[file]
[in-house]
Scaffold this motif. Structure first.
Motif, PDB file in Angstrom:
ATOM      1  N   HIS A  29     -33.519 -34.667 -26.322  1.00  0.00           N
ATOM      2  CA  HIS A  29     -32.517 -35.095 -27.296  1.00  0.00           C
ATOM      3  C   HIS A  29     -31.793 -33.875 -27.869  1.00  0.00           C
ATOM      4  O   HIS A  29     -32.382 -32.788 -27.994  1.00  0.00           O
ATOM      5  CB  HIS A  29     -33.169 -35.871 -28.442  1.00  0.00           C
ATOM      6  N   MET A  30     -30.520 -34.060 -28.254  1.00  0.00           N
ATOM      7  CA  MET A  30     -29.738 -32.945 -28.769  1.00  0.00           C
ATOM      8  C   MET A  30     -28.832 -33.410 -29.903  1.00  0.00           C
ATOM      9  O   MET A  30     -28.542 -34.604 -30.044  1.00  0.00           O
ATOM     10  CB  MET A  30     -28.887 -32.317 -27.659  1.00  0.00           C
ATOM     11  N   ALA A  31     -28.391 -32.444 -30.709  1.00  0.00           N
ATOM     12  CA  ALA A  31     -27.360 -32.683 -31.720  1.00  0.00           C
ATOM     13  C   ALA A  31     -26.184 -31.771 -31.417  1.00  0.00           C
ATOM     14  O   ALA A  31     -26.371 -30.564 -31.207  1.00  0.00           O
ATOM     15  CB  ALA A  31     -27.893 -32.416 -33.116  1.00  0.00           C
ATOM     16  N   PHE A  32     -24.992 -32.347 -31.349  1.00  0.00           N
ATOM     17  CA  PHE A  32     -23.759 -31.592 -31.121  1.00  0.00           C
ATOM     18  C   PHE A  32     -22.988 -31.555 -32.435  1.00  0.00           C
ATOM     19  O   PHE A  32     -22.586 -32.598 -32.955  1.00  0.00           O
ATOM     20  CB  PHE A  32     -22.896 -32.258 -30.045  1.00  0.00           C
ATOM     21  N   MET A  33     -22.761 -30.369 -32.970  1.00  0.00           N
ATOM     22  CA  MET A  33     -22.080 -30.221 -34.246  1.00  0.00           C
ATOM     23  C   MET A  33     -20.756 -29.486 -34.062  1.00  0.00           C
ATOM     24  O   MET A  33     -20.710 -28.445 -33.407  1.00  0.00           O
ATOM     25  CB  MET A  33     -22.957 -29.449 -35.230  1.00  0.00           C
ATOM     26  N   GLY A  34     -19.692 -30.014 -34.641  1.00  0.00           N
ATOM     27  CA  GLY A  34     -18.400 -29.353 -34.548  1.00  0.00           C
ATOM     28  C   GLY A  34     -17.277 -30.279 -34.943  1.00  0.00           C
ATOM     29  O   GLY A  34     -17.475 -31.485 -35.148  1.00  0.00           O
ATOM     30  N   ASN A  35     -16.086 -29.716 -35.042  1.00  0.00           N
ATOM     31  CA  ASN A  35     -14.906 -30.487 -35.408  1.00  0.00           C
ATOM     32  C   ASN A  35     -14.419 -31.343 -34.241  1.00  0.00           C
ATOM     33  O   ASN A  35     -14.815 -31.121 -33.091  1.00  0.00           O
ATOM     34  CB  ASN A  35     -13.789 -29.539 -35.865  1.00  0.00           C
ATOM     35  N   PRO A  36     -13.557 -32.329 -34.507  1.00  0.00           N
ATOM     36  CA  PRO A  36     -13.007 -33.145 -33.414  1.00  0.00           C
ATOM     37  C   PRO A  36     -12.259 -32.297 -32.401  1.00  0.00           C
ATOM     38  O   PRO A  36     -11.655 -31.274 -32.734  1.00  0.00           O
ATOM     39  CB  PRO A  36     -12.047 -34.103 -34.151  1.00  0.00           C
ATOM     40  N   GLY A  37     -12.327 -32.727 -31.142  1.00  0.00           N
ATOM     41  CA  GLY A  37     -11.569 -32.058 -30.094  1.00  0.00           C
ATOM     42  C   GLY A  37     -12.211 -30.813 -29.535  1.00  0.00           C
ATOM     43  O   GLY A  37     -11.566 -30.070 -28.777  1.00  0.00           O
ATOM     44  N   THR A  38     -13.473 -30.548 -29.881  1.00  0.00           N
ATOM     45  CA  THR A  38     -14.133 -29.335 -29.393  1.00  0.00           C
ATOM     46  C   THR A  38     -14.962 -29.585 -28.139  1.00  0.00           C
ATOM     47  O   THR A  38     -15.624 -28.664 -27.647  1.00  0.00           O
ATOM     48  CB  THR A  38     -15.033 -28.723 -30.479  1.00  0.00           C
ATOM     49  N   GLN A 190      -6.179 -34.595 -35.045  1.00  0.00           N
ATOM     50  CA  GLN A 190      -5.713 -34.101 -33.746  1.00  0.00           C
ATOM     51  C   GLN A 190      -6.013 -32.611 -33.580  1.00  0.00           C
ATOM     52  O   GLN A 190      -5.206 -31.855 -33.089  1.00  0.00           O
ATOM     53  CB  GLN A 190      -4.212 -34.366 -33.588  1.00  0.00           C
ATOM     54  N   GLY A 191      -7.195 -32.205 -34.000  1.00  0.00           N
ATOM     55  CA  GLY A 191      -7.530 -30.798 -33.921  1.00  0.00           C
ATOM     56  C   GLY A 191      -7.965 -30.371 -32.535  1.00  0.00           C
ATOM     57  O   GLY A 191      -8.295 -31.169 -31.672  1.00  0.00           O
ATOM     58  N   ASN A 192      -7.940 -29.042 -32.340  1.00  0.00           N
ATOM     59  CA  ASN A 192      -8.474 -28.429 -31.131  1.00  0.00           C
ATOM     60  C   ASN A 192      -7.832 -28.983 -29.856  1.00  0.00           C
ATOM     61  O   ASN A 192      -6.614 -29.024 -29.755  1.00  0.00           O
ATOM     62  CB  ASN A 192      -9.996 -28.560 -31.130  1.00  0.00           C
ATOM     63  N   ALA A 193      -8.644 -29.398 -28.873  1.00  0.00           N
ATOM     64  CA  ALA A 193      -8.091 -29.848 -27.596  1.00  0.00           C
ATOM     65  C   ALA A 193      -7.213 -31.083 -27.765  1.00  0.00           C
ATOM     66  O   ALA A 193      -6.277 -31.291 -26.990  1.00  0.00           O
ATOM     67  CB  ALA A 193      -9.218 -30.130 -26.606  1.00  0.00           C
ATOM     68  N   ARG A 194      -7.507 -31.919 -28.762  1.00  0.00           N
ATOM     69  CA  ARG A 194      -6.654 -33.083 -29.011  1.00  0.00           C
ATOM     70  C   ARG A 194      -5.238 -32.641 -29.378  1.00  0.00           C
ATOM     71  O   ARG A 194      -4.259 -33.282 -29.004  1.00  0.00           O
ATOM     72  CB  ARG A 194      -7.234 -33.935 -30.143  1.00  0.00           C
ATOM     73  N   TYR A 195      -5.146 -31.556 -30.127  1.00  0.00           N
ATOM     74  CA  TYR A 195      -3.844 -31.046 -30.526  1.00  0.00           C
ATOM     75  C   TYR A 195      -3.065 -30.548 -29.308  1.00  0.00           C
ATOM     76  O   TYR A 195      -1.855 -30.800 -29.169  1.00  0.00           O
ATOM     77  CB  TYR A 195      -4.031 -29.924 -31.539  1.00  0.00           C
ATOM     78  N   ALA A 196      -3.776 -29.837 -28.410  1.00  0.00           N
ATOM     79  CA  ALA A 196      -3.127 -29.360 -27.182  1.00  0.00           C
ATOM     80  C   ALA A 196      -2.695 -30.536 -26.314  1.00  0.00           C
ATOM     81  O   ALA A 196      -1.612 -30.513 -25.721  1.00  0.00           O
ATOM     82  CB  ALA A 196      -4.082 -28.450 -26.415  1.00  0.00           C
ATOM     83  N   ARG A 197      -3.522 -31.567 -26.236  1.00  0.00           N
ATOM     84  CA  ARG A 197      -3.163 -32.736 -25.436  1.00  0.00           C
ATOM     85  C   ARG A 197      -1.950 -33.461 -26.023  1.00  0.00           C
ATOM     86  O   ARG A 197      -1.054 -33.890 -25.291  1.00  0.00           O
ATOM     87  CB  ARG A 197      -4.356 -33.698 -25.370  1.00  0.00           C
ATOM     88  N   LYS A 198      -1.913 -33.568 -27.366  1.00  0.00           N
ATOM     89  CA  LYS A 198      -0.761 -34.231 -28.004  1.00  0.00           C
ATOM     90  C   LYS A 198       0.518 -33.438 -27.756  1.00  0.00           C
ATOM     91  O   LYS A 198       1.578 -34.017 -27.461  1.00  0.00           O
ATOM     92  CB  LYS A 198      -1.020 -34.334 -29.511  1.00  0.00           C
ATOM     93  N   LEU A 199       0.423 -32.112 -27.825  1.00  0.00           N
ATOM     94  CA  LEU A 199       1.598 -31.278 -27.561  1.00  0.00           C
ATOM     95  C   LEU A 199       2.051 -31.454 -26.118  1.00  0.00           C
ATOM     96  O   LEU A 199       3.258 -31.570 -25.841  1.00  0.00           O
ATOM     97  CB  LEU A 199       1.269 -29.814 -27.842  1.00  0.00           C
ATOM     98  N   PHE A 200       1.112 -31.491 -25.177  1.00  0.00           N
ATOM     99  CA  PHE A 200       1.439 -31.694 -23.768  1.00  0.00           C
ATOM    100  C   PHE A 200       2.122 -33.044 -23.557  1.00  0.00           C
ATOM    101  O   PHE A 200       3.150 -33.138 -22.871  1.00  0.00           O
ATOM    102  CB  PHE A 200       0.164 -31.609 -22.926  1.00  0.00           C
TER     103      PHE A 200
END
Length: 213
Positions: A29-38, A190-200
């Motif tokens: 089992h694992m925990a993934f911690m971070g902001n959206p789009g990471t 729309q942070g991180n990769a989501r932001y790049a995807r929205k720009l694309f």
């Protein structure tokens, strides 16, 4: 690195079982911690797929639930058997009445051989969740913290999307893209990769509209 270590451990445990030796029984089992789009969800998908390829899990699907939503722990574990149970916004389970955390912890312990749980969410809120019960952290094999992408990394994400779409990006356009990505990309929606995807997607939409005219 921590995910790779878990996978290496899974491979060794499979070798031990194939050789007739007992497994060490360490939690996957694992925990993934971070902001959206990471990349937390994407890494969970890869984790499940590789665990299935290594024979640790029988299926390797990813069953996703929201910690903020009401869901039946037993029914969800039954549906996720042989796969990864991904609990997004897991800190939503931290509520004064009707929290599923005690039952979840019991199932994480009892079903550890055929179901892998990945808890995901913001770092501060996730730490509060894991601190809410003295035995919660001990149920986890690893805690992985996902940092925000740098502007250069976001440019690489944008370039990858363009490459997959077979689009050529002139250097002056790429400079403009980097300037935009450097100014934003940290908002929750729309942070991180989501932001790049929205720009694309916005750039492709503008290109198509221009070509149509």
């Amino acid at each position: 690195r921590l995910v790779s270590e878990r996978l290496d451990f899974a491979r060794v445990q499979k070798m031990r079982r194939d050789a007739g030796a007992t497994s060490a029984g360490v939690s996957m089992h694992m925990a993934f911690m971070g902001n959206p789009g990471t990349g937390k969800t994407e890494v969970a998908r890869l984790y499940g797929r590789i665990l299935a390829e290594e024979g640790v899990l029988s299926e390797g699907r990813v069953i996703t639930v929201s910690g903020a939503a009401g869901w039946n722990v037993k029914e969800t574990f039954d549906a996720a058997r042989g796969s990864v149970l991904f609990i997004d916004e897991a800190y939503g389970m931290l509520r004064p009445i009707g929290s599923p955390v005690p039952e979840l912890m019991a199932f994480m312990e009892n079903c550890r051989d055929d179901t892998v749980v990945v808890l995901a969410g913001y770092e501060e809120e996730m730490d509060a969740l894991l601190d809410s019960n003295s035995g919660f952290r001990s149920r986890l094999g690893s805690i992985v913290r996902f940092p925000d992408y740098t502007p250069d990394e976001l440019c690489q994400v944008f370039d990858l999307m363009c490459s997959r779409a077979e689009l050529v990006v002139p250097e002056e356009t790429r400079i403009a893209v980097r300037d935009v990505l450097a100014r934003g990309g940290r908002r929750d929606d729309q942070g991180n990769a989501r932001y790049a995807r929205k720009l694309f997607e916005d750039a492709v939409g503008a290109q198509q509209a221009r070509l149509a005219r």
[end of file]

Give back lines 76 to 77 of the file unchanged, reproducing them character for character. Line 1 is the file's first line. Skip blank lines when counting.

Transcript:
ATOM     73  N   TYR A 195      -5.146 -31.556 -30.127  1.00  0.00           N
ATOM     74  CA  TYR A 195      -3.844 -31.046 -30.526  1.00  0.00           C